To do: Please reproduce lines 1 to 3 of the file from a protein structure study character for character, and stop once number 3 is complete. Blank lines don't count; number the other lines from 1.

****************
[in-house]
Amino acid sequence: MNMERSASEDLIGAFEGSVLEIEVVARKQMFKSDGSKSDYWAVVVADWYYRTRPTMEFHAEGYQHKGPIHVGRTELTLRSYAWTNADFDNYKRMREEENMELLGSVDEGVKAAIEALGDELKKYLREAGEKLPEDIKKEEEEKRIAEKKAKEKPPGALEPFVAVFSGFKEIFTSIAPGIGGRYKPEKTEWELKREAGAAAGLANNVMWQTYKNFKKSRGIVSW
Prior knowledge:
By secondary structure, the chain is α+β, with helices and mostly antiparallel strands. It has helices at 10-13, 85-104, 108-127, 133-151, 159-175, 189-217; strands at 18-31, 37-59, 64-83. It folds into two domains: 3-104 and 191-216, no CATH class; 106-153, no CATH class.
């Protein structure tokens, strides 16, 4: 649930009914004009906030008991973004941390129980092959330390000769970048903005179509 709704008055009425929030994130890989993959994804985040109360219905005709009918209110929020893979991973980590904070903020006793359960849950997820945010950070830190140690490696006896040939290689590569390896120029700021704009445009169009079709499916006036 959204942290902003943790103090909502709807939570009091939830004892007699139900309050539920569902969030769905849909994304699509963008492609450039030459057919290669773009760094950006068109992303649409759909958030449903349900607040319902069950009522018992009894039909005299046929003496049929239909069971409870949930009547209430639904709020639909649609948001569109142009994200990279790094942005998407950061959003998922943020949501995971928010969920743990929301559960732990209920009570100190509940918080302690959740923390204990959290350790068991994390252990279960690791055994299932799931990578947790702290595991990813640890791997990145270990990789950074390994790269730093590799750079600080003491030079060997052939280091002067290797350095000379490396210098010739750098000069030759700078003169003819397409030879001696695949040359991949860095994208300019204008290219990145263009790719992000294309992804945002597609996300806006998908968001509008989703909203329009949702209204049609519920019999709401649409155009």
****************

[in-house]
Amino acid sequence: MNMERSASEDLIGAFEGSVLEIEVVARKQMFKSDGSKSDYWAVVVADWYYRTRPTMEFHAEGYQHKGPIHVGRTELTLRSYAWTNADFDNYKRMREEENMELLGSVDEGVKAAIEALGDELKKYLREAGEKLPEDIKKEEEEKRIAEKKAKEKPPGALEPFVAVFSGFKEIFTSIAPGIGGRYKPEKTEWELKREAGAAAGLANNVMWQTYKNFKKSRGIVSW
Prior knowledge: